Most college graduates leave school with one pressing goal: find a job. But that stressor was one Josemiguel Marin, a 2021 graduate, didn’t face. He was hired in January of his senior year by the Kansas-Nebraska Conference and had his church assignments by March. Now an associate pastor at the Golden Hills (Omaha) and Fremont Seventh-day Adventist churches, Marin credits his smooth transition to pastoral life to the support and preparation he received while at Union College.

“Union does a great job at preparing students for the future, especially those of us who are going to be pastors,” said Marin. He cites the many ministry and leadership opportunities, from traveling with worship teams and working in Campus Ministries to serving as a student chaplain and mentor. 

Also instrumental was the semester-long senior-year internship all theology students complete. Marin stayed in Lincoln and interned at College View Church, working alongside and learning from the pastors there. “I got to experience almost every area in ministry, and I learned from each of the pastors because they all do different jobs and have their own ways,” he said. This gave him insight into youth pastoring, discipleship, church organization, administrative and financial tasks, and more. “It was such a great experience. They prepared me well and gave me a sense of what I’m doing and why I’m here.”

He says that professors also instilled in him and his classmates a sense of both the practical and theoretical, sharing what they’ve experienced in ministry and helping students gain hands-on experience.

Combining theory and practice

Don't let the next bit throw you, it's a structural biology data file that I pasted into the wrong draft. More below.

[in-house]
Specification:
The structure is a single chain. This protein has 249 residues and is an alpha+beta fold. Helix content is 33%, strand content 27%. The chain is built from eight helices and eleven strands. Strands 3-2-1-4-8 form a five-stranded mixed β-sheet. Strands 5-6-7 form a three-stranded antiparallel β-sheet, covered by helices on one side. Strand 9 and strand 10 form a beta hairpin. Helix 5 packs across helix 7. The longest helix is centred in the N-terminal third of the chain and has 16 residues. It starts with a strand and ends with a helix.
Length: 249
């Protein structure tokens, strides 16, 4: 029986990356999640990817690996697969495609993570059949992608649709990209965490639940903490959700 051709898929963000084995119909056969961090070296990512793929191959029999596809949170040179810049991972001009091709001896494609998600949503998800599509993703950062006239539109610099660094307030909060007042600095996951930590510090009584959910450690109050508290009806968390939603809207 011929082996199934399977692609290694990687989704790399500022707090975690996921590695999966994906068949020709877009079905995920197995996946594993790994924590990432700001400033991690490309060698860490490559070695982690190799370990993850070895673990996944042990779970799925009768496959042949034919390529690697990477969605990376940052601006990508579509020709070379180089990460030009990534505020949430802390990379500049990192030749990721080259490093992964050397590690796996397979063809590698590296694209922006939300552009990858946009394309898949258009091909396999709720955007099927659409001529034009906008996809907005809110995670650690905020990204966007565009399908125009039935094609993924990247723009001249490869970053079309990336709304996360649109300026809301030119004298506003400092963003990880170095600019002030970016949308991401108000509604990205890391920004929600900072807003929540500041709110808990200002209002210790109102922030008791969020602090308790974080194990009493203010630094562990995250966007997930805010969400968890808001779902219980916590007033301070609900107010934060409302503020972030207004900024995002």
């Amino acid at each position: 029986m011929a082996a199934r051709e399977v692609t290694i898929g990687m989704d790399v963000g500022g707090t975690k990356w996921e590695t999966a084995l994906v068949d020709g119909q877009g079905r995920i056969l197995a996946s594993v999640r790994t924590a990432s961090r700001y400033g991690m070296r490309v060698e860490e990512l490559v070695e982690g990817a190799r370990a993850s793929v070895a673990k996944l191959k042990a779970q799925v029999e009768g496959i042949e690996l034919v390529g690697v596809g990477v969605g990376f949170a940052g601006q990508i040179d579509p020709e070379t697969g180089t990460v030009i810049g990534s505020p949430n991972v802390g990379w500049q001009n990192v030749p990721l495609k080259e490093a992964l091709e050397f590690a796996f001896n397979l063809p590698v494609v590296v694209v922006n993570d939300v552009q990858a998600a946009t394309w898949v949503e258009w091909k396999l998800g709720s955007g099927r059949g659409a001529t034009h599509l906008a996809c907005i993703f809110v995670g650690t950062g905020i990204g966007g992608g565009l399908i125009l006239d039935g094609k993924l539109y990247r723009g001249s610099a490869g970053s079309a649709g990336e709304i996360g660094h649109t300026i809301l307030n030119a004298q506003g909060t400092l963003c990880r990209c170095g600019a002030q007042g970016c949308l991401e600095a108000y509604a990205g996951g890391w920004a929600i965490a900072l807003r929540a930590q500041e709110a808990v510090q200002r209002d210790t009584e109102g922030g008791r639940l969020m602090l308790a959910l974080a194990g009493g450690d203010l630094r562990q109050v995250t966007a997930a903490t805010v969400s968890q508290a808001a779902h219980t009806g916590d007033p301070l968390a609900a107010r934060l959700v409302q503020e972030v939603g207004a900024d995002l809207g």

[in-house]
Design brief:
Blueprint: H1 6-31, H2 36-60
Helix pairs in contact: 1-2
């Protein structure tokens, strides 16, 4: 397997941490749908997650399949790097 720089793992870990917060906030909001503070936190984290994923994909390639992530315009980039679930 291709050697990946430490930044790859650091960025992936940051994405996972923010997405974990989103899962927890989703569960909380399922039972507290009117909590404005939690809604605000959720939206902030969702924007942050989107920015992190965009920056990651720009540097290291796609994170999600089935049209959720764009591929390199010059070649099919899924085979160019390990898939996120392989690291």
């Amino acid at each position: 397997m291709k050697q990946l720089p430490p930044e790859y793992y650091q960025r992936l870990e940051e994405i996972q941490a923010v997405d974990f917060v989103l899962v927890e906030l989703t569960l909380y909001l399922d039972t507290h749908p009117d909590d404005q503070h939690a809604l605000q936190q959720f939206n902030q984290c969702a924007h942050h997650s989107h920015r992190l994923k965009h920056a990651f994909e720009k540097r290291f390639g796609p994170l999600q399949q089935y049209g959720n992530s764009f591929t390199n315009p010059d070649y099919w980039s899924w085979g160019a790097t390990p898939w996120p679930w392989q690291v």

“They send us out expecting us to grow,” Marin said. “They know that when we are uncomfortable and challenged is when we learn the most.” But, he said, he was never alone. “The teachers really think about where to send us because they want us to be with pastors who will mentor us.” 

Now that he’s started his career, Marin is finding that his classroom, leadership, and internship experiences are all coming together to help him excel at every part of the job. “The job changes every week,” he said. “That’s the good and the hard parts of ministry. But our teachers helped us learn time management, and my internship was a great way to experience all of the parts of church leadership and get a little taste of everything I’d be doing in my job.”

Marin is grateful for the complete education he got at Union—one that prepared him to step into his career with confidence. “Union gives you connections,” he said. “Connections are the biggest determining factor in where you get hired and how early. Our teachers helped us meet people, sent us on ministry trips, empowered us and built up our confidence, and gave us internships where we could make those connections so we are ready to serve.”